Timing Send (delegate): 0,1087277 seconds (108,7277 ns/call) with 0/0/0 collections.
Timing Send (direct): 0,095304 seconds (95,304 ns/call) with 0/0/0 collections.
[Mono 2.2, Linux x86_64]
Timing SendFloat (delegate): 0.7666697 seconds (766.6697 ns/call)
Timing SendFloat (direct): 0.0170575 seconds (17.0575 ns/call)
Timing Send (delegate): 1.3894752 seconds (1389.4752 ns/call)
Timing Send (direct): 0.2461236 seconds (246.1236 ns/call)

Not too shabby. Following the work in this thread, the Send(..., object) overload will reach the speed of the SendFloat(...,float[]) overload. To put this into perspective, a typical (non-virtual, non-pinvoke) function call takes about 2ns here.

I asked on the mono-dev list about the abnormal Mono 2.2 results and was told this might have been a regression that was fixed in Mono 2.4.

To sum up: a state-of-the-art game may have between 1000-5000 draw calls per frame. Extrapolating from the above data, OpenTK will add about 10-50us per frame overhead in the worst case. Assuming that a typical frame is 16.6ms (60fps), the call overhead amounts to 0.06-0.3% of your frame time. This falls into the "insignificant" range.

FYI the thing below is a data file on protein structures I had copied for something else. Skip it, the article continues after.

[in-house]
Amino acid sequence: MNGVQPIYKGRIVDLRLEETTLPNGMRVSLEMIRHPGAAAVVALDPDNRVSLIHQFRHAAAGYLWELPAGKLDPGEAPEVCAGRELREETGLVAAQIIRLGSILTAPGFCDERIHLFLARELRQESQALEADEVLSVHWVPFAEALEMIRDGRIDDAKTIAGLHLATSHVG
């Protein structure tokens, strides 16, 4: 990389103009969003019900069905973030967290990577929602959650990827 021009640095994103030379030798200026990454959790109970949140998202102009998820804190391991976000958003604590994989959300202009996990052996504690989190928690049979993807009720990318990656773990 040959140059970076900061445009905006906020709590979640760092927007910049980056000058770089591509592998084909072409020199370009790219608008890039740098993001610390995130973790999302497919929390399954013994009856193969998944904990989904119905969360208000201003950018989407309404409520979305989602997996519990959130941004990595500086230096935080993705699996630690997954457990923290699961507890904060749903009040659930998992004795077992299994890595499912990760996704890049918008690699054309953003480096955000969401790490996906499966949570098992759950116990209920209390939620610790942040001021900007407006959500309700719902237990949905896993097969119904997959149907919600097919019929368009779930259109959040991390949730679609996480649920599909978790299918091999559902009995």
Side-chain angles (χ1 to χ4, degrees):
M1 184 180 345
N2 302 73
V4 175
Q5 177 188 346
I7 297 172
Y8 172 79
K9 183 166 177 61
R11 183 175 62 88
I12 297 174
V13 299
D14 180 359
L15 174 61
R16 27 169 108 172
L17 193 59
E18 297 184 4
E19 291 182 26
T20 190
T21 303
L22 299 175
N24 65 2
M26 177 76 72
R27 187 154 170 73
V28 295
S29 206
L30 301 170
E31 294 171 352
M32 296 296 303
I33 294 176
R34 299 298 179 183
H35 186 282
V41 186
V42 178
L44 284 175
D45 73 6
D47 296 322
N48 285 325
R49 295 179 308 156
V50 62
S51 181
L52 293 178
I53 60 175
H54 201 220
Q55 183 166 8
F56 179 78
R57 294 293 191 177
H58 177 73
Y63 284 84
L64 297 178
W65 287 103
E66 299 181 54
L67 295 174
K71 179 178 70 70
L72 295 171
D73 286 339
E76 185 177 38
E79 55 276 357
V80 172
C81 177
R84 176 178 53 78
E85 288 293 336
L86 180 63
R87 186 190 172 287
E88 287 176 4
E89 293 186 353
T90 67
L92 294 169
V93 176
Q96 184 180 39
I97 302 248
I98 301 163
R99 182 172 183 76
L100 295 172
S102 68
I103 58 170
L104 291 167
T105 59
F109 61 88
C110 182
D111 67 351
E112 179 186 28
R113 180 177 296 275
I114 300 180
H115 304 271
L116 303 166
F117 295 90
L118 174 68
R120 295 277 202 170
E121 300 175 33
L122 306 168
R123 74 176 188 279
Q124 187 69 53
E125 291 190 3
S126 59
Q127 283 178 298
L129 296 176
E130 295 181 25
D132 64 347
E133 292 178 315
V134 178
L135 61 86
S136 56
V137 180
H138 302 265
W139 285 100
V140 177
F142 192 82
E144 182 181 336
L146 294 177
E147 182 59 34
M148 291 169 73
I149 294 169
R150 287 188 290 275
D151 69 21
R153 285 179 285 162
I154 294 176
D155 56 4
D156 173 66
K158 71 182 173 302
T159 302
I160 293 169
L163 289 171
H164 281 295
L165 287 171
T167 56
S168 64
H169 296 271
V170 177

I'm attaching the test case. It is precompiled for x86 Windows and x86_64 Linux, but it's trivial to compile by hand:

# Linux
gmcs /unsafe Main.cs
gcc -fPIC -O2 -shared main.c -o
# Windows
# Step 1: make sure the native functions are decorated with __declspec(dllexport), then:
csc /unsafe Main.cs
cl -LD main.c -Fenative.dll
InteropSpeed.7z27.98 KB
objarni's picture


Great work both of you ...

the Fiddler's picture


I just fixed an error that underlines the importance of this change. I encountered some abnormal behaviour when using the following struct as a vertex attribute:

struct VertexP3TN3T2
    public Vector3 Position;
    public Vector3 Normal;
    public Vector3 Tangent;
    public Vector2 TexCoord;

The error manifested as a missing TexCoord.Y coordinate and would only appear on x64 platforms (although that wasn't immediately obvious). It took me 4 weeks, working on and off, to pinpoint the error: the compiler pads the fields to lie on 8-byte boundaries, throwing off the offsets for the vertex attributes. The fix is it declare the struct with:

[StructLayout(LayoutKind.Sequential, Pack=1)]

I am now using using the following code to check for this issue (and will add it to OpenTK along with the work on this issue):

using System;